A study, now published in the journal Social Science & Medicine, looked at neighborhood characteristics such as proximity to food stores, parks, industrial areas, bus stops and community gardens, in order to determine which had more influence on residents’ healthy behaviors.

“The more we understand the way the built environment affects healthy behaviors, the more we can advocate for changes that will make these behaviors easier to carry out,” said lead author Rick Sadler, an assistant professor of public health and an urban geographer based in the College of Human Medicine's Flint campus. “Part of the goal is to reduce health disparities.”

Read more - Healthfulness Index

Medical Training in Ghana

Hope Bauer spent a portion of her final year of medical school in Ghana. Read Hope's reflections on her training abroad.

Revolutionizing health care by converging medicine, engineering to promote precision health

MSU's Institute for Quantitative Health Science and Engineering (IQ) is a research collaboration among the colleges of Engineering, Human Medicine and Natural Science. The institute's director, Christopher Contag, discusses its mission, vision and impact

Listen to WKAR interview with Chris Contag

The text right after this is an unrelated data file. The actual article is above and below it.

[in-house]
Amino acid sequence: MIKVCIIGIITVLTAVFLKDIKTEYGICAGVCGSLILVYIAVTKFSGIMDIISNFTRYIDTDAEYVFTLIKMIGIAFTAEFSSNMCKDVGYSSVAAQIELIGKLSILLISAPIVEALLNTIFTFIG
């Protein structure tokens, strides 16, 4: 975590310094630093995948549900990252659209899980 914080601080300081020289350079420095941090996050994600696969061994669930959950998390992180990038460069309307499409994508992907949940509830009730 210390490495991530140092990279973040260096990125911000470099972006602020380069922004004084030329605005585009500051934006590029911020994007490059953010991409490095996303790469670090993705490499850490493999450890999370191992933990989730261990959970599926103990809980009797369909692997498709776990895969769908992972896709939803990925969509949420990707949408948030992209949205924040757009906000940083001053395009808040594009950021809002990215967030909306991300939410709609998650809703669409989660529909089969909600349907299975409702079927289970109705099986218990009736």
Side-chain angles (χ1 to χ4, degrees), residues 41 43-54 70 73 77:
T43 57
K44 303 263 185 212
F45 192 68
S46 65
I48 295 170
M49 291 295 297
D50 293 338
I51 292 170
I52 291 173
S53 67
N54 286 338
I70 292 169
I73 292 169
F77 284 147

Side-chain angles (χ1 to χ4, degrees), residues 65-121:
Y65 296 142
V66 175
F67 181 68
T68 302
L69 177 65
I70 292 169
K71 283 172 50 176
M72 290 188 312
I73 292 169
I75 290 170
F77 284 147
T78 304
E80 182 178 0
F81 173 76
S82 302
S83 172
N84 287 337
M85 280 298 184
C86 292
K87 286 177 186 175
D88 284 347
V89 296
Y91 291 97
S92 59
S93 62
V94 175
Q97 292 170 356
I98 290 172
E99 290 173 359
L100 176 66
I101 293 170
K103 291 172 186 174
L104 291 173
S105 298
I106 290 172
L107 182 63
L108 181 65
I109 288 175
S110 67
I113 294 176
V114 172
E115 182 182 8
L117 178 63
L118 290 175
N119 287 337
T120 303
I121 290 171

College of Human Medicine Student chosen to serve on national advisory committee

Fourth-year Michigan State University College of Human Medicine student, Freddie Hetzel, was chosen by the Association of American Medical Colleges to represent all medical students nationally on an advisory committee that helps students schedule residency interviews.

Read more - Freddie Hetzel

Henry Barry named Family Medicine Educator of the Year

Henry Barry, MD, has been named Michigan Family Medicine Educator of the Year for 2018 by the Board of Directors of the Michigan Academy of Family Physicians. Dr. Barry is a professor in the College of Human Medicine’s Department of Family Medicine and senior associate dean for faculty affairs and development.

Read more - Family Medicine Educator of the Year

You give green. They go white.

Every $100 gift gives a white coat to an incoming student and supports student scholarships!

With your help, the alumni board hopes to sponsor the white coats for the entire incoming class at this year's White Coat Ceremony on August 26. Donations will also support the Alumni Association Endowed Scholarship Fund.

Sponsor a white coat and support student scholarships

Why the Flint Registry matters to us all

Ebony Stith’s fight is personal. She is a daughter of Flint, a mother of Flint, and a resident of Flint. She is fueled by her love of family and passion for her city in the crusade to make sure everyone affected by the Flint water crisis is counted, provided services they need, and receives long-term support to determine other possibly not-yet-known impacts of increased lead levels. Stith serves as the communications manager for the Flint Registry.

Read more - Ebony Stith

Andre Bachmann receives grant from St. Baldrick's Foundation